On Sunday we drove back to Columbus from Cedar Point. It was the heart of the Labor Day weekend, traffic was heavy, and the Ohio Highway Patrol was out in force. We saw more than a dozen OHP cars as we made our way south. In many instances, the officers were standing outside their cars, aiming their radar guns at oncoming traffic, identifying speeders with a stern finger point, and waving them over to the berm for a ticket. It was like shooting fish in a barrel.
As I passed OHP patrol car after patrol car, I found myself wondering: is this really a good use of our scarce law enforcement dollars?
In America, we’ve got serious crime problems in many of our cities. The murder rates in places like Chicago are shocking. Gang violence seems to be on the rise. In southern Ohio, a heroin epidemic is raging, and overdoses recently spiked as a deadly new form of heroin apparently mixed with an animal tranquilizer hit the streets.
By contrast, the stretch of I-71 between Ashland and the outskirts of Columbus isn’t exactly a hotbed of crime. There’s speeding, sure . . . but in the grand scheme of things speeding on an interstate highway is a pretty mild offense. Do we really need to have dozens of well trained, well equipped police officers patrolling a highway and ticketing speeders, or would it be better to have those law enforcement personnel employed to hunt down deadly drug dealers, break up violent gangs, and protect society against murderers?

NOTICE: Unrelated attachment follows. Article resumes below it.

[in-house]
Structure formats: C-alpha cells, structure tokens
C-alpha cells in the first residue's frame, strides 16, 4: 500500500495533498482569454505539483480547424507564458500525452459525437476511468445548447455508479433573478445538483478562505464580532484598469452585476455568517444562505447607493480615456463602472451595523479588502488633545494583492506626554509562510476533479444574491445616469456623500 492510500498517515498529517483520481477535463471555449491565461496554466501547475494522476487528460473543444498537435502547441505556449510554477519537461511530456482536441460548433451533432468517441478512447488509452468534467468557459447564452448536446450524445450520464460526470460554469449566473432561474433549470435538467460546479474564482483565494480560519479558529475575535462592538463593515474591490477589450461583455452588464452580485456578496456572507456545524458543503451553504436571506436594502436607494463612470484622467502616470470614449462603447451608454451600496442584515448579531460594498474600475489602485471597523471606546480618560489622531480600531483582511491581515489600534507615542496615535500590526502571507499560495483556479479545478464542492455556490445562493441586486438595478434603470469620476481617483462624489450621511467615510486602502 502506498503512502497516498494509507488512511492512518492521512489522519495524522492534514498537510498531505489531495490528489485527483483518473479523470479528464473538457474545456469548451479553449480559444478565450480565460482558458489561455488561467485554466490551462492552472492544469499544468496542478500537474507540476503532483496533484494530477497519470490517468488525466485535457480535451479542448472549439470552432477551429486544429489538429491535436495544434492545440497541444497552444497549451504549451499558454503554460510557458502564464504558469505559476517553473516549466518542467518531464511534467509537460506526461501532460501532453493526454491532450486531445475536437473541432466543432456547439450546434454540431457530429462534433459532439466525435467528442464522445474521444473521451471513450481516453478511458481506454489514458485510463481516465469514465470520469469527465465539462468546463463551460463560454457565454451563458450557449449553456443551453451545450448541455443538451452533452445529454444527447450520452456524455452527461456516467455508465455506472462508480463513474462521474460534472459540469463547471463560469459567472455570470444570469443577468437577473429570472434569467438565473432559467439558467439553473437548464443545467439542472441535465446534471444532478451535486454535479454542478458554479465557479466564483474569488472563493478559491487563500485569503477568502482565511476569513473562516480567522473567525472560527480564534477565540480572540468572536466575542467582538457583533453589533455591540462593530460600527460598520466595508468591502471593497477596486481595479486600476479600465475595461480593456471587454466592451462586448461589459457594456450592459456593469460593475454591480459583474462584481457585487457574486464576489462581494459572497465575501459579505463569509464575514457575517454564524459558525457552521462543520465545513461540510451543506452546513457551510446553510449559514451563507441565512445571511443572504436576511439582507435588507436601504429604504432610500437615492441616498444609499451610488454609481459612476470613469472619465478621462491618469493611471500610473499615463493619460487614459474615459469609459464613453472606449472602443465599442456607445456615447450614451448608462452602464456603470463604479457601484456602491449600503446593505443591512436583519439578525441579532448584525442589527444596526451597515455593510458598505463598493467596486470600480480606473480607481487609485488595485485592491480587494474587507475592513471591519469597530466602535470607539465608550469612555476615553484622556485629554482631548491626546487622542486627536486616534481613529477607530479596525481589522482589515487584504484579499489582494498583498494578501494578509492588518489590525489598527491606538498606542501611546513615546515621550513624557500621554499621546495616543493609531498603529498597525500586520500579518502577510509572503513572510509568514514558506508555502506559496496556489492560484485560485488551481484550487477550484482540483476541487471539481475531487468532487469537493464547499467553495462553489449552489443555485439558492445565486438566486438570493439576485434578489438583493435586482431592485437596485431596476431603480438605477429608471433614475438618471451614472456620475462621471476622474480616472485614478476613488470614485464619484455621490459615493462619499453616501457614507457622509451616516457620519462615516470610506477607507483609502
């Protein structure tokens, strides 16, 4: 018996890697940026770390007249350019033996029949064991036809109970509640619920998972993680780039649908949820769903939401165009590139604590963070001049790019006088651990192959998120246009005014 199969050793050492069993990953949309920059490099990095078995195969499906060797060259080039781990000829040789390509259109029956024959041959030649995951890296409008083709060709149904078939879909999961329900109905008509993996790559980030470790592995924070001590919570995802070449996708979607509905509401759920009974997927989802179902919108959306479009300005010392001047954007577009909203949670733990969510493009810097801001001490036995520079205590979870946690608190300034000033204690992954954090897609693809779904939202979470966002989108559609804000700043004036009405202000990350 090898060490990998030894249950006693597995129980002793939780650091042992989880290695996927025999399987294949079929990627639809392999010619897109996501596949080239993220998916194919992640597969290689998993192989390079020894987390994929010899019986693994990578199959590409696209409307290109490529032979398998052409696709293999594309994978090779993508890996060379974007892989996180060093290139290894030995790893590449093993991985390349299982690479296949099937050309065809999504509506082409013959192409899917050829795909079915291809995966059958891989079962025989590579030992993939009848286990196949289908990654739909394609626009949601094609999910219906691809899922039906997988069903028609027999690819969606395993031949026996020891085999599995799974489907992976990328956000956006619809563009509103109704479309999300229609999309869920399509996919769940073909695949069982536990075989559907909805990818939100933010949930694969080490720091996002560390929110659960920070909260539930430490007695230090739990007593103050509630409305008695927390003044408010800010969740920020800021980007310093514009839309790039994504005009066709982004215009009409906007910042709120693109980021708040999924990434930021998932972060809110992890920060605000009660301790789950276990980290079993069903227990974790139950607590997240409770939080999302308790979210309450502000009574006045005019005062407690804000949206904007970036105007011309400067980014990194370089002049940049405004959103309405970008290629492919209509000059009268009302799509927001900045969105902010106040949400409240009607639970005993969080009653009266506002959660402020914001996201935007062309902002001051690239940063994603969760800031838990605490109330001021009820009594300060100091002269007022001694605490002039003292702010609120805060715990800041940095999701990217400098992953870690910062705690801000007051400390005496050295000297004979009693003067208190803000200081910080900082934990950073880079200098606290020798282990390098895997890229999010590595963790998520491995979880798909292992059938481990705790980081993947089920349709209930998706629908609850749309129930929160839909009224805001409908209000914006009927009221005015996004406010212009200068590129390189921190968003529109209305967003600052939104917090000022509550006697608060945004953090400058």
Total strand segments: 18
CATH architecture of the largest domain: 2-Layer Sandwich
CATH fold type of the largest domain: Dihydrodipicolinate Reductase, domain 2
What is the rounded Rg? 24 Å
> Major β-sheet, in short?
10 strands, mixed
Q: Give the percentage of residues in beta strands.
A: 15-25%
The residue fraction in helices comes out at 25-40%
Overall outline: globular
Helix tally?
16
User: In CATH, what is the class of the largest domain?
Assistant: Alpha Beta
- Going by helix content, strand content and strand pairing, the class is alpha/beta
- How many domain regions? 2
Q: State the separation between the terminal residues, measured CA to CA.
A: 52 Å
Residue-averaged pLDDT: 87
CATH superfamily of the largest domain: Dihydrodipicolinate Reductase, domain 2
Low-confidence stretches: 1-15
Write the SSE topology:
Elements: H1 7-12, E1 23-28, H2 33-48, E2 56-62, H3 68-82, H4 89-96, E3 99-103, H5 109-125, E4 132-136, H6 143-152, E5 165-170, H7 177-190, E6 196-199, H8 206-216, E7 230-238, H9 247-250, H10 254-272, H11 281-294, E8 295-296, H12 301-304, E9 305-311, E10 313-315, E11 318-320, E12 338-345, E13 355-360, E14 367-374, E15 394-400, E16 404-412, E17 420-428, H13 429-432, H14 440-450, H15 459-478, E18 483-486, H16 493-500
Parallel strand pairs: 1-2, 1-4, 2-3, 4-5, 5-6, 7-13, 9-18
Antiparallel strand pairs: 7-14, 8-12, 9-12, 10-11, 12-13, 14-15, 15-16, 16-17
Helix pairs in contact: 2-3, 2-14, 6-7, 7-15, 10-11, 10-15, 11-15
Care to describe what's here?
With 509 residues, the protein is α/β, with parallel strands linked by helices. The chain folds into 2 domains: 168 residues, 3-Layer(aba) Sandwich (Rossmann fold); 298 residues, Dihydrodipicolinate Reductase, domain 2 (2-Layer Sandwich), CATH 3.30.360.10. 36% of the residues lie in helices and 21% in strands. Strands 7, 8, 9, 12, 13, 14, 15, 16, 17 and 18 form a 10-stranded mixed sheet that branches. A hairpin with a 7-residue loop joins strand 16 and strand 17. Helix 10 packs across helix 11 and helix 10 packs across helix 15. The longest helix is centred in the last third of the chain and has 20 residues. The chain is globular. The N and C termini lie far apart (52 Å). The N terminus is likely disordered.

I’m not saying that American highways should be turned into lawless zones, and we clearly need some form of highway patrol to help stranded motorists, deal with accidents, and catch drunk drivers, reckless lunatics, and road ragers. But none of the people I saw get ticketed on Sunday fell into that category. They were just average folks who were moving with the flow of traffic in the passing lane at speeds slightly above the posted limit, and now they’ll find their wallets a few hundred bucks lighter.
Some people contend that modern traffic law enforcement is all about generating those speeding fines and putting the resulting funds into governmental coffers. I suppose defenders of aggressive traffic speeding enforcement would argue that rules are rules, and a show of force like we saw on Sunday is going to convey the unmistakable message that cops are watching and people need to obey the law. As somebody who thinks that “broken windows” theory makes sense as a matter of human nature, I can see that . . . but I also think that a more rational allocation of resources should be made. If you assume that we have a finite amount of law enforcement dollars — and we clearly do — I’d rather see it used to address more egregious and deadly criminal conduct.